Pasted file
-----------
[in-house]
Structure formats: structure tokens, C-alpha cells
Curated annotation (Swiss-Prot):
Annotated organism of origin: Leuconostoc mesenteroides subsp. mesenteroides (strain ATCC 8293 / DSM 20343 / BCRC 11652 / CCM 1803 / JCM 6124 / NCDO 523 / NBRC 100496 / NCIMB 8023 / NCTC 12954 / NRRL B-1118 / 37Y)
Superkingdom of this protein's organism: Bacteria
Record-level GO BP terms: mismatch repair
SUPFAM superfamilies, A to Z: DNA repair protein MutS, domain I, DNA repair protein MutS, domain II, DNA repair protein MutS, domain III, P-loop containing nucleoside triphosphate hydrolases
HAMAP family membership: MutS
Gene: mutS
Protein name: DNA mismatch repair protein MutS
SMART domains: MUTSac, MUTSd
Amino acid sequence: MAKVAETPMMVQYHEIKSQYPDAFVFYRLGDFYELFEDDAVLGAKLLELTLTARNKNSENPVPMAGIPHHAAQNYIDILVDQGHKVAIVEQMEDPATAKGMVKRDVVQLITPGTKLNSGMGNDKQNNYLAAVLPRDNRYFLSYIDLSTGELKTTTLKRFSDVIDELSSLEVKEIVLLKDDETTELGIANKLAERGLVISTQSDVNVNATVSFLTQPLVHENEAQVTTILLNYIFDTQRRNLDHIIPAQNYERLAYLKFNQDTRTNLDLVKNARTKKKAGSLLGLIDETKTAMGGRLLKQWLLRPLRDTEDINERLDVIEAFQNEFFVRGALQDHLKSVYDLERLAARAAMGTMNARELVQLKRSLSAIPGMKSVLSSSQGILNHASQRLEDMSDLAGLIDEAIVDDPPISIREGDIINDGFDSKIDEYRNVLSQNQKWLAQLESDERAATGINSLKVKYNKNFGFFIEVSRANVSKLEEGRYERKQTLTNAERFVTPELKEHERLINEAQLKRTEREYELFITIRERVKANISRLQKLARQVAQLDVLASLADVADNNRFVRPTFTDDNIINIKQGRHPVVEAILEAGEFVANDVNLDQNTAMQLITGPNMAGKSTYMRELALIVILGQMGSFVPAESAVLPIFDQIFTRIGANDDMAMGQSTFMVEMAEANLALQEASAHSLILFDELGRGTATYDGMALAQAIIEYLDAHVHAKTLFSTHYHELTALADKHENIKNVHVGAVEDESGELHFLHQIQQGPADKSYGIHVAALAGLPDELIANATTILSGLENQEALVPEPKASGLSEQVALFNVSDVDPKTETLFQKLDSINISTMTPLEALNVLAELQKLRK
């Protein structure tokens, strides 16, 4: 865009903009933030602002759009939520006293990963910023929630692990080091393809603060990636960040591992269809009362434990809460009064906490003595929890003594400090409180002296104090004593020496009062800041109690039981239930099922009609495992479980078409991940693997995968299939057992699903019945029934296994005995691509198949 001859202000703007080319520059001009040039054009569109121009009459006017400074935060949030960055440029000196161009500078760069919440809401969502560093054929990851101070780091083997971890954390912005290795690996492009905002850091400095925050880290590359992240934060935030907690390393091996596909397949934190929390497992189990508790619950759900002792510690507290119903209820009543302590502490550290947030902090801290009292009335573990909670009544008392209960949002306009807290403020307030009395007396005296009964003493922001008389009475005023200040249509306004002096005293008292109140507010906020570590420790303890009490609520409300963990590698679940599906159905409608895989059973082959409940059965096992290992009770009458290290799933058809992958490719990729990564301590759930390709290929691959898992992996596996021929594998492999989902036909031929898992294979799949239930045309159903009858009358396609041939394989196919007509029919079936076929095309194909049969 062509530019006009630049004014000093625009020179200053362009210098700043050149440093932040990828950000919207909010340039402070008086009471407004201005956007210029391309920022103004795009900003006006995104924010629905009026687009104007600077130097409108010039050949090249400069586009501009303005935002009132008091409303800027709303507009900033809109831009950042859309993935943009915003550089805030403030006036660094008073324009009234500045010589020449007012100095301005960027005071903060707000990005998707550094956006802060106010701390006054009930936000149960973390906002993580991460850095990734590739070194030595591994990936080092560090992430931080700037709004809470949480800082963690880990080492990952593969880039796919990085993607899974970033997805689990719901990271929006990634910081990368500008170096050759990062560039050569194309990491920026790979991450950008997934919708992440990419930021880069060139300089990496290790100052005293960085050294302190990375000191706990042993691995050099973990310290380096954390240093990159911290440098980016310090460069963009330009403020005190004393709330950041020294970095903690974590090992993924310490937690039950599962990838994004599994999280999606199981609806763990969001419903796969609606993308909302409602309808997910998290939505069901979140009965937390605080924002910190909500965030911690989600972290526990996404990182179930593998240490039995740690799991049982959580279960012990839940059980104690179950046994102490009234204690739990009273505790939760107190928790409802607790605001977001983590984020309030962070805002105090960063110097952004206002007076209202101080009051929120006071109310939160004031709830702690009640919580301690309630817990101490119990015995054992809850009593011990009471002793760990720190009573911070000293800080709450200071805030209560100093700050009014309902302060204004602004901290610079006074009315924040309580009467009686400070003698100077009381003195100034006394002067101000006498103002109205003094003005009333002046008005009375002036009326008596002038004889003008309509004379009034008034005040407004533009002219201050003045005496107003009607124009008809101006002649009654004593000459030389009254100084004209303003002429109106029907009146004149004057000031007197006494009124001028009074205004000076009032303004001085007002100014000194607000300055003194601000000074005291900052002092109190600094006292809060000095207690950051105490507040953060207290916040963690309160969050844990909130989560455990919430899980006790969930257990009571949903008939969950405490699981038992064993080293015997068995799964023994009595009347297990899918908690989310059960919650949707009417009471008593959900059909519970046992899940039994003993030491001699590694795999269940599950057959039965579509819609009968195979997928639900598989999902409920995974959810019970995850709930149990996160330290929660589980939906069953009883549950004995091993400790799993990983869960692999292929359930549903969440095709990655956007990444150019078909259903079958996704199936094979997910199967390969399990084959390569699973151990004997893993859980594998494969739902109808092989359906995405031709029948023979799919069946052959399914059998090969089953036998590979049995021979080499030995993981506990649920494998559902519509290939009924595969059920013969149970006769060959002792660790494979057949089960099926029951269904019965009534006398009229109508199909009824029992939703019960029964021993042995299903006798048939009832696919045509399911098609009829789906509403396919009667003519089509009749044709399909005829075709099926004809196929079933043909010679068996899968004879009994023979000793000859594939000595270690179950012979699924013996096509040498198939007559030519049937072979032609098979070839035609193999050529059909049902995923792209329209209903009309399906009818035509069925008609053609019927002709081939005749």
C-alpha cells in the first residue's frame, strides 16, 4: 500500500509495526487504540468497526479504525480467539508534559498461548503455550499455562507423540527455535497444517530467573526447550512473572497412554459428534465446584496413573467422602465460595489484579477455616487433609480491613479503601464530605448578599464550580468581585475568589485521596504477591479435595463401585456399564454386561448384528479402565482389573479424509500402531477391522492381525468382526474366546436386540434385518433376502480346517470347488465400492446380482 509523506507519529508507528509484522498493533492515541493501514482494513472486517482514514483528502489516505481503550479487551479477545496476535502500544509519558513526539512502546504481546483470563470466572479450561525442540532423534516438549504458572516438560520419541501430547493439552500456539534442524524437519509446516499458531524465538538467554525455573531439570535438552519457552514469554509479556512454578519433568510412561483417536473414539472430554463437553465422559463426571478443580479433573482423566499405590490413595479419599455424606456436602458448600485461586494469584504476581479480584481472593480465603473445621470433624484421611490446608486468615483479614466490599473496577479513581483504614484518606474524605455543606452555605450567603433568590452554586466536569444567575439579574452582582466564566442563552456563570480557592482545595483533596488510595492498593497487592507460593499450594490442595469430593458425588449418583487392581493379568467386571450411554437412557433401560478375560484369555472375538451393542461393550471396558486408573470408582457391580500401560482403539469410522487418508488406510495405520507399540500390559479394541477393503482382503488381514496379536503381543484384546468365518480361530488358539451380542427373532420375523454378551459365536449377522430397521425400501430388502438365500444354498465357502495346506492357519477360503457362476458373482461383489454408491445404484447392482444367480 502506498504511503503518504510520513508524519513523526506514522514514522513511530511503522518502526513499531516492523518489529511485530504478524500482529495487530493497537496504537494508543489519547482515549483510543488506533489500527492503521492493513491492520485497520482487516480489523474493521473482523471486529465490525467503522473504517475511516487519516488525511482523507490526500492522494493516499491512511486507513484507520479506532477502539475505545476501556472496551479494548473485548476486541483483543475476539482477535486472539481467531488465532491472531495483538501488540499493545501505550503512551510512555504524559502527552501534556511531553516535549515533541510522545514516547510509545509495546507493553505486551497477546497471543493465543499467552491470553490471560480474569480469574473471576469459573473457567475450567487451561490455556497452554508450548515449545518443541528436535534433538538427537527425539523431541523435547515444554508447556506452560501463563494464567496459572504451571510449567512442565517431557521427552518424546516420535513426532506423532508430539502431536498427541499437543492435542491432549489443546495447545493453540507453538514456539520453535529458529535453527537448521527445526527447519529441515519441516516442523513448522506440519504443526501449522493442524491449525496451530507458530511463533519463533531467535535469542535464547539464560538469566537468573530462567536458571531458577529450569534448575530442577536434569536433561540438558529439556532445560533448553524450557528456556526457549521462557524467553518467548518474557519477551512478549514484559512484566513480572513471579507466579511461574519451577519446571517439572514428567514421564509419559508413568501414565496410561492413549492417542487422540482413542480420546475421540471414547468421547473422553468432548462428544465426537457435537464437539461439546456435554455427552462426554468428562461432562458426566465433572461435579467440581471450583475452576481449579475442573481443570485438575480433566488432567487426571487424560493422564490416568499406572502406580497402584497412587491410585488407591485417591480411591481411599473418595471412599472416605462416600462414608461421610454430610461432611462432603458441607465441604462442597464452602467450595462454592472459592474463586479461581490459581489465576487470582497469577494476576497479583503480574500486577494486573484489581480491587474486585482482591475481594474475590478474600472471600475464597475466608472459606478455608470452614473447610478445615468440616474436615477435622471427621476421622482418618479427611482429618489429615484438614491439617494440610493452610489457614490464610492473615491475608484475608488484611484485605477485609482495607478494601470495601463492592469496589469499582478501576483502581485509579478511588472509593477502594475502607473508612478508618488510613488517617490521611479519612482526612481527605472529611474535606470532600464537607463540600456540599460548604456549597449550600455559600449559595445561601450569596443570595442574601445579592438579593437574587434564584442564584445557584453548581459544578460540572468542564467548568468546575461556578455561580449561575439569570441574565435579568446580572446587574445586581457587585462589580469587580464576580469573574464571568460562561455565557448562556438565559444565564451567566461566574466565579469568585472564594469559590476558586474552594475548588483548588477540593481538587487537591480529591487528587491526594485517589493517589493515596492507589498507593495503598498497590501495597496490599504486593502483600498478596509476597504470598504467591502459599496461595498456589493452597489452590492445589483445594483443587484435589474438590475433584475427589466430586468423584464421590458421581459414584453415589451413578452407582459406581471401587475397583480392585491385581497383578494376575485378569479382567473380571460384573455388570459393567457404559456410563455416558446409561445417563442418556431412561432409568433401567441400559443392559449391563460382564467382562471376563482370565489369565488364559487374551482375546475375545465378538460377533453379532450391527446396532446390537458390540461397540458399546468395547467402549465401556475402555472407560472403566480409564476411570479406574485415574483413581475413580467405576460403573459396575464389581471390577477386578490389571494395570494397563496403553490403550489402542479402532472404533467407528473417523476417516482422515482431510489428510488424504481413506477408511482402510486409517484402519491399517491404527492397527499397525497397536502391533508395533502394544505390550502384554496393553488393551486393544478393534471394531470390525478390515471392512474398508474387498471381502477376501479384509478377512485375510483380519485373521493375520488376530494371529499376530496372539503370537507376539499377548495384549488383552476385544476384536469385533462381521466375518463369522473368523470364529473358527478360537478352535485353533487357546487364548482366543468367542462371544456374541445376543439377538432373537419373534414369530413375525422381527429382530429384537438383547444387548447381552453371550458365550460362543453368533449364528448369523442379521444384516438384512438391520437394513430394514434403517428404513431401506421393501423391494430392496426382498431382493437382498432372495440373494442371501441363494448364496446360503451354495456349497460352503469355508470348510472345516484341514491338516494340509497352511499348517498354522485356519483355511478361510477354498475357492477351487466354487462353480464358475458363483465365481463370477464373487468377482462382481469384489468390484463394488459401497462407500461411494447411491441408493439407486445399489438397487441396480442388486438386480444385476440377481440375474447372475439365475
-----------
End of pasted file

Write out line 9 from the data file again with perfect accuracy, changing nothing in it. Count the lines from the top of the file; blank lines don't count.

Gene: mutS